Ever wonder where a lot of “journalists” today get the inside scoop or the early hint something big is going down on major stories, particularly in the sports world? It’s no longer a guarantee that it’s from the trusted person you may know by their birth name. It’s likely not even the public information source who occasionally funnels journalists information in exchange for good publicity.
Nope, it has zero to do with some of the old exchanges made in the traditional journalistic way. Today if you want to find something, you often hit up folks whose names are hidden behind an alias, an avatar and often times, amongst a whole lot of nonsense.
Yet, if you know where to look and who to trust, you may just have known that Pitt and Syracuse were being wooed by the ACC almost a calendar year before the move was announced in the mainstream media. You may have known that Alabama and then Michigan were legitimately courting Rich Rodriguez and that current Florida State coach and Harrison County native Jimbo Fisher was actually offered a deal to become West Virginia University’s football coach. You would have known days, if not a week, earlier than anyone else that this guy named Dana Holgorsen was in the mix for the WVU job. Heck, when you get right down it, the deal that landed WVU in the Big 12 Conference was stagnant in the mainstream media but as fluid as a professional wrestler on baby aspirin with a razor blade (Google it) in the place I’m about to talk about.
You want the dirt when it’s still gravel? If so, you’ll want to hear from the GreatOnefromMatewan, Eerhole, Mexman, TheBigSkinny, BigCatsCooler, WVHuggs, WVUWeaponX, Pizzathehut and any other list of distinguished folks who make up the world of the message board forums. Chances are good if there’s something brewing, someone on a message forum is not only talking, but spewing the truth.
The problem? For every bit of legitimate information, there’s dozens – and in cases such as the Rich Rod saga or the Big East dilemma – and sometimes hundreds of random posts with no information, rehashing of old information or simply those having fun posting misinformation. The thing that’s important is being patient, knowing who to trust and understanding that even those who are sometimes wrong in the end post correct inside information at the time it’s posted.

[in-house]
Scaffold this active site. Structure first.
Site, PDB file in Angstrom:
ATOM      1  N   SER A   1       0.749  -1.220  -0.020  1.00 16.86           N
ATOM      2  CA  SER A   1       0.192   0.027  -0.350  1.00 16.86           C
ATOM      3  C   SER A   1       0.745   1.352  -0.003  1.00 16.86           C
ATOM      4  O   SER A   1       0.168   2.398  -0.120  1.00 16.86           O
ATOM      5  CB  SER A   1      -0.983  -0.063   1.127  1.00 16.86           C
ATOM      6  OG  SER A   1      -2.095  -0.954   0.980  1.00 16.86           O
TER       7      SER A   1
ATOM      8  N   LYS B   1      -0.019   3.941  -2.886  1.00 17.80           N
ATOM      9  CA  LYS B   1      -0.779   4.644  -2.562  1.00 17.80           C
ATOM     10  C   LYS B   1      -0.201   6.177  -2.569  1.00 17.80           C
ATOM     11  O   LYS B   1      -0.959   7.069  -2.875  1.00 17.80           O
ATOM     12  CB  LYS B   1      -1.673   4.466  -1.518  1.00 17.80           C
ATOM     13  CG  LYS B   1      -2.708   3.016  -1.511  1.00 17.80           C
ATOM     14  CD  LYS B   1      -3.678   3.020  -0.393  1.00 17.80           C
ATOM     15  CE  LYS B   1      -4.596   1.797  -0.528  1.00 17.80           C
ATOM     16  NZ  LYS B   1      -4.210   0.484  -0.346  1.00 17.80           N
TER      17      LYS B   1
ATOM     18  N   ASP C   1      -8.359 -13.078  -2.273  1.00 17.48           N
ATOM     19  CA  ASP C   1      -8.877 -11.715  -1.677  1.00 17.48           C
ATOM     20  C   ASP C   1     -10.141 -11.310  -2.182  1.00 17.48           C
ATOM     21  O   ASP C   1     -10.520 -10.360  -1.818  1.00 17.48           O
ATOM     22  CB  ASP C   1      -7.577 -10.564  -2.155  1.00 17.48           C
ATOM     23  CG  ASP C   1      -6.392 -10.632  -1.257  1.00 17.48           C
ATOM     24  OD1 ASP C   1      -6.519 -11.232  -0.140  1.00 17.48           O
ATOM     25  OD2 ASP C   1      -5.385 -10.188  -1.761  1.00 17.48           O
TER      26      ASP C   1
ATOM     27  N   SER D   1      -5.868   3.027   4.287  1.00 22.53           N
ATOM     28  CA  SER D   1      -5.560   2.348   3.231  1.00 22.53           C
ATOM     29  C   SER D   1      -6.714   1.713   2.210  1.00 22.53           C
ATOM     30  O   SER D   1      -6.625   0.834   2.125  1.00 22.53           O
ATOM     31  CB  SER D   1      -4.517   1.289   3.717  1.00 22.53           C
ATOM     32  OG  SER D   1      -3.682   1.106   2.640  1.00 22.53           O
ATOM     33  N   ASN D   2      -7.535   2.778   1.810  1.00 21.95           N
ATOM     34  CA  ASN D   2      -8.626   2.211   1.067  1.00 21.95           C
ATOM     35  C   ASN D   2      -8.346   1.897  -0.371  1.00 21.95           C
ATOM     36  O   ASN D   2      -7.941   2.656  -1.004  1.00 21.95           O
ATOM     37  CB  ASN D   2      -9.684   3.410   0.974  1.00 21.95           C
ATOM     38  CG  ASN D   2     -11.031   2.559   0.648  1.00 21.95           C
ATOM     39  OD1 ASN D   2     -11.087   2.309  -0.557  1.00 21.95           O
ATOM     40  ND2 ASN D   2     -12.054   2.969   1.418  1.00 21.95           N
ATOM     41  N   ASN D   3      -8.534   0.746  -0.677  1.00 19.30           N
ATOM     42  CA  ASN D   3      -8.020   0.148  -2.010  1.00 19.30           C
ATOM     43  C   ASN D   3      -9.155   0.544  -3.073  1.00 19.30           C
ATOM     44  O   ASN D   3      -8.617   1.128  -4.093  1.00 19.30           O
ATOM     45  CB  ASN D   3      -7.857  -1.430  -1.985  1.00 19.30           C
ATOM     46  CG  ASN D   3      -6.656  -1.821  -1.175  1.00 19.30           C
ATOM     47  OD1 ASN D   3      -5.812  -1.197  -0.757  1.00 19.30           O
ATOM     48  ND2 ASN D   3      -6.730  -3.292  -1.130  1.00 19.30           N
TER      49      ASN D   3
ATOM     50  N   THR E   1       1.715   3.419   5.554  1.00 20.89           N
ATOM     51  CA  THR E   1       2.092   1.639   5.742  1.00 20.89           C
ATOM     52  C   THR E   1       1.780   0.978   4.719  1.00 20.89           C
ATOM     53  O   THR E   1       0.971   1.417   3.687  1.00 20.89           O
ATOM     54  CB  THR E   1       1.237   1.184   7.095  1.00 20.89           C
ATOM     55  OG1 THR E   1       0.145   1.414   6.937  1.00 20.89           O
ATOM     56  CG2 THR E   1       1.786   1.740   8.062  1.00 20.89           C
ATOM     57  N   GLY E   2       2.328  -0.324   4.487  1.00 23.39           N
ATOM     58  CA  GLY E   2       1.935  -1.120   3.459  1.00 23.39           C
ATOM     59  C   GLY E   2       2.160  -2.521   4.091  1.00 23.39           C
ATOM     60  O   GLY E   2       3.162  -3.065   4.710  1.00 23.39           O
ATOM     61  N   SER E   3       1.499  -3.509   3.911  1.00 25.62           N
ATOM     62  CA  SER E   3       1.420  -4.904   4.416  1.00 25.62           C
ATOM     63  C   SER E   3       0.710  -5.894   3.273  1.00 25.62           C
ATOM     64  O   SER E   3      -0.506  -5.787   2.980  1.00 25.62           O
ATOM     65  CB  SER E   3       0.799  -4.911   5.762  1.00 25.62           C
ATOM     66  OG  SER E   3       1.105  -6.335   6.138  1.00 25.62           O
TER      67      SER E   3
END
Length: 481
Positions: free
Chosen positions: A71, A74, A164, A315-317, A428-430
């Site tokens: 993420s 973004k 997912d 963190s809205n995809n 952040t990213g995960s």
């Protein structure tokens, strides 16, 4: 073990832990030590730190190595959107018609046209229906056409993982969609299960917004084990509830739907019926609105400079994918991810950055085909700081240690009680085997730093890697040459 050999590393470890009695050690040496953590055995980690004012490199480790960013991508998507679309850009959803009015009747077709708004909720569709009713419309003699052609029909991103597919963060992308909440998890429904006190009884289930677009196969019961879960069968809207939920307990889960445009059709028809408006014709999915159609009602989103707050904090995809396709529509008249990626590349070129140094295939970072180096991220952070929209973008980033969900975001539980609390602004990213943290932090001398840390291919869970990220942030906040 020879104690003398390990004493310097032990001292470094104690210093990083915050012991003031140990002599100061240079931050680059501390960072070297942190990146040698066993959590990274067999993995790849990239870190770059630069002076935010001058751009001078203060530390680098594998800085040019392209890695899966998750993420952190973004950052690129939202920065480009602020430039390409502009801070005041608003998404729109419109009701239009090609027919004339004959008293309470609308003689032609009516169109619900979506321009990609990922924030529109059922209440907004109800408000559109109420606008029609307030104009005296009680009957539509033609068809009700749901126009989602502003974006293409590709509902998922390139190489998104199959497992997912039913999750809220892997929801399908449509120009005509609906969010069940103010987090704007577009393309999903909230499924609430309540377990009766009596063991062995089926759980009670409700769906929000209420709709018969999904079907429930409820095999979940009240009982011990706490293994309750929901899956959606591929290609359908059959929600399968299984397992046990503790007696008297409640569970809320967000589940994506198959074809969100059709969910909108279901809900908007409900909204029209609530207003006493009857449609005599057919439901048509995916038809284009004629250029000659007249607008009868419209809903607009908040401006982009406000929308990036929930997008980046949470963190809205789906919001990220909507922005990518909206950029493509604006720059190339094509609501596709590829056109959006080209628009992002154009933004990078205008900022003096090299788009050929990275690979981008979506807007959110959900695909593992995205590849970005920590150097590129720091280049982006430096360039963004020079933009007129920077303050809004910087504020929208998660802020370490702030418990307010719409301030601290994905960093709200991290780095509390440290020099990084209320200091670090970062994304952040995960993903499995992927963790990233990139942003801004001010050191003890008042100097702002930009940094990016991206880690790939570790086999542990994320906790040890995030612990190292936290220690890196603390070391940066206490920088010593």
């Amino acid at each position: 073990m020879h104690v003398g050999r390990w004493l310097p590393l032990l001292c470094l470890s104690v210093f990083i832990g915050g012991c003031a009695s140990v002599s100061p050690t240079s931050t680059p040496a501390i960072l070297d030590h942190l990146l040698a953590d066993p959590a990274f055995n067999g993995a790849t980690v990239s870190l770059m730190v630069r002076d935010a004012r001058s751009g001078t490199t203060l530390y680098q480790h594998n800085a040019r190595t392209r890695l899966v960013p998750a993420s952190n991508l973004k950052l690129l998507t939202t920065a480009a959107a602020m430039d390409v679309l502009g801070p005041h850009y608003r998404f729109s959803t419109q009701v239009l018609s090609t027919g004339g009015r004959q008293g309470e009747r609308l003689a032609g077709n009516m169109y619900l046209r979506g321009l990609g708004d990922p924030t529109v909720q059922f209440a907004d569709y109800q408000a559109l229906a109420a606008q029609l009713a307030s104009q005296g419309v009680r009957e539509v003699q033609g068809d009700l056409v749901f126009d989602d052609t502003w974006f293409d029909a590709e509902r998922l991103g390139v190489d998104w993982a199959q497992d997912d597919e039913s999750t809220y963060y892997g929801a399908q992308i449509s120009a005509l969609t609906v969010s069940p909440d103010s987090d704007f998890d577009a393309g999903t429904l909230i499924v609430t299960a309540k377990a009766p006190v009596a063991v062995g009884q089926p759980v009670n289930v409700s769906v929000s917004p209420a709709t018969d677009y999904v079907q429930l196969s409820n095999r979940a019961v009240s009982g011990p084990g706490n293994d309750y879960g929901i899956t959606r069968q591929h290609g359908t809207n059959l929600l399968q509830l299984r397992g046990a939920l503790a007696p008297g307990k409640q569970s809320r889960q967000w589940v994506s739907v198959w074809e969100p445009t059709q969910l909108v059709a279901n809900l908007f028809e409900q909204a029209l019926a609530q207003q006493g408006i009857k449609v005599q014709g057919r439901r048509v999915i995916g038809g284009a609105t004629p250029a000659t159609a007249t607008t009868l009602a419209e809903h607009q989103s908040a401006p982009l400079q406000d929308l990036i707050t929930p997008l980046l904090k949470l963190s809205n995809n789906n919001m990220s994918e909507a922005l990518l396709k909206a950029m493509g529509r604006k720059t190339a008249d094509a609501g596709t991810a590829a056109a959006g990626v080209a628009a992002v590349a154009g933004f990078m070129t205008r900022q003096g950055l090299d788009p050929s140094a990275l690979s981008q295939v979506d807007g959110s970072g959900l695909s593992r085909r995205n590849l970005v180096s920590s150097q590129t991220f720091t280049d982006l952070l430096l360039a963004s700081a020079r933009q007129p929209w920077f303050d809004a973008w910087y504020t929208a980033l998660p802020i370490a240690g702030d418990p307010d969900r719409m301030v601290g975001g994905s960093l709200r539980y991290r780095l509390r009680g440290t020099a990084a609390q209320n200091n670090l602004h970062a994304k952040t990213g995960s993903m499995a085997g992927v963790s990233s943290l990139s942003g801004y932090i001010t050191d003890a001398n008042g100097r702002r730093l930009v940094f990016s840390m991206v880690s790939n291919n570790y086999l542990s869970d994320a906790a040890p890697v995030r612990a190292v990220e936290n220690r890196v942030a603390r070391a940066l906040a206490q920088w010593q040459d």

For purposes of this discussion, I’ll limit talk to a WVU sports forum on the Bluegoldnews.com site. Without question, there is no bigger message forum in the state for WVU sports than this site. Every single name listed above is the screen name (and if I’ve spelled anyone’s name wrong, I know the wrath of God will soon be spilled at my feet) of a poster on that site. And if you opt to head onto the site and get involved with those individuals or the thousands of others who have a presence, have thick skin, good posts and the ability to create a rapport with the crowd.
During the height of the recent Big East/Big 12 switch, thousands of individuals were on line at the same time looking for anything. If something got tweeted, it was posted. If something appeared on a video, someone posted. If John Marinatto was spotted at Subway, it was mentioned. It’s that serious. Hell, if you don’t believe me, consider this: You have people that actually track airplane flights on the site and if you think the information on those flights isn’t spot on, realize those with this particular skill set posted the times of the departure and arrival of multiple flights involving Rich Rodriguez.
Crazy? Not really. It’s a by-product of the information age. In the world of getting the word out first, there are more folks than ever wanting to break the inside scoop on a story that is sitting in a position of authority. In year’s past, that had to be an anonymous phone call to someone at the local newspaper or television station. With that call was the chance that someone in the readership or viewership would know that the reporter had a cozy relationship with someone in the athletic department and suspicion would immediately follow as to where the leak came from.
Today, you put the WVU Board of Governors in a room and all it takes is one of them to tell a friend who tells a friend that posts on the Bluegoldnews.com and it’s not only out there for the whole world to see, it’s fact or at least the fact a few times removed. Even better, I’m not so certain some of those posting aren’t just getting information from the folks in the know, but are in fact THE folks in the know.
That doesn’t mean that stuff still doesn't get broke in regular news cycles in the mainstream media. It still happens, and it happens often. But when it comes to recruits, issues involving the behind-the-scenes negotiations and the other intangibles that form the basis of college athletics, the folks with the knowledge or connections to those with said knowledge are on these boards.
If you don’t think the regular media is prowling these boards you’re kidding yourself. And if they’re not, then shame on them. I can assure you in my last media gig dozens of stories on the high school level – such as the release of North-South rosters to changes in classification – all had their genesis by reading it on the high school section of message boards. Plenty of times there were links to the information, such as the reclassification figures, that were out there but never sent to media outlets. Again, it’s all part of the wacky world of today’s information age.
And I’m going to come clean here. I post. Not to the point of absurdity, but I have a screen name and an avatar. And let me assure the few folks that know my name, if you try to pull back the mask from this Zorro, I simply won’t approve the comment. I’ve got a message board reputation to uphold. Those who post know how important that is.